Learning about dog aggression can help stop itPublished Jan 23, 2013 at 10:41 am (Updated Jan 23, 2013 at 10:41 am)
Recently, area libraries have added certified professional dog trainer Penny Layne to their event calendars for informative, introductory classes on dog aggression. Not only is Layne instructing on how to recognize aggressive behavior, how to deal with it if it should happen and what to do if your dog is attacked, but she will also offer a few tips on working with aggressive dogs.
The course is free, so our hope is that the Jan. 29 class at Mt. Lebanon Public Library and the March 27 class at Bethel Park Public Library are full. Speaking from experience, an aggressive dog can come out of nowhere, leaving few precious seconds to react. And, getting in between two fighting dogs is not only terrifying, it is dangerous, too.
The goal is that area residents will never have to put Layne’s information into practice, but despite best efforts – raising a dog to get along well with adults, children and other animals, having your dog on a leash at all times, unless in a designated off-leash area of a dog park, encountering aggressive and off-leash dogs is a very real possibility. Invisible fences are great ways to keep your dog in your yard and not on a leash, but what about the dog who has slipped his chain or the stray wondering around? An invisible fence will not keep them out.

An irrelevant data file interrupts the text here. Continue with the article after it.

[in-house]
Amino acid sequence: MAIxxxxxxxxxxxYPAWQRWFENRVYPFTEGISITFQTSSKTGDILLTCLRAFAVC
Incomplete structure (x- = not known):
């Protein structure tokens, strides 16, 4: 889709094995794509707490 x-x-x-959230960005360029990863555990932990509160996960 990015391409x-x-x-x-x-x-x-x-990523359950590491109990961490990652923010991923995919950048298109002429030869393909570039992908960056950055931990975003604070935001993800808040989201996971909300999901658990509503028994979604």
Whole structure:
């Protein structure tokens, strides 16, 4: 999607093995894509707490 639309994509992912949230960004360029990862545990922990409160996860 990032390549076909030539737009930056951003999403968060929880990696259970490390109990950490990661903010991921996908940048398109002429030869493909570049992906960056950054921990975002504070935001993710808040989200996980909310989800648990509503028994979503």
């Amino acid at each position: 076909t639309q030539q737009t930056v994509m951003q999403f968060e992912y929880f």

Thankfully, Layne’s classes will educate and open up a dialogue, as well as create more awareness. Walking your dog should be a relaxing activity for both the owner and the dog itself, and until more people understand the realities and consequences of irresponsible behavior, it can actually be pretty stressful for the owner.
It’s worth noting, too, that aggressive dogs come in all shapes, sizes and breeds. Some dogs are only aggressive towards humans, others are only aggressive towards other animals, and there are some that are aggressive to both. Countering aggression starts at home, with proper training and socializing. Hopefully, Layne’s classes are the first of many, and if only one resident or dog ends up benefitting, well, that’s enough for us.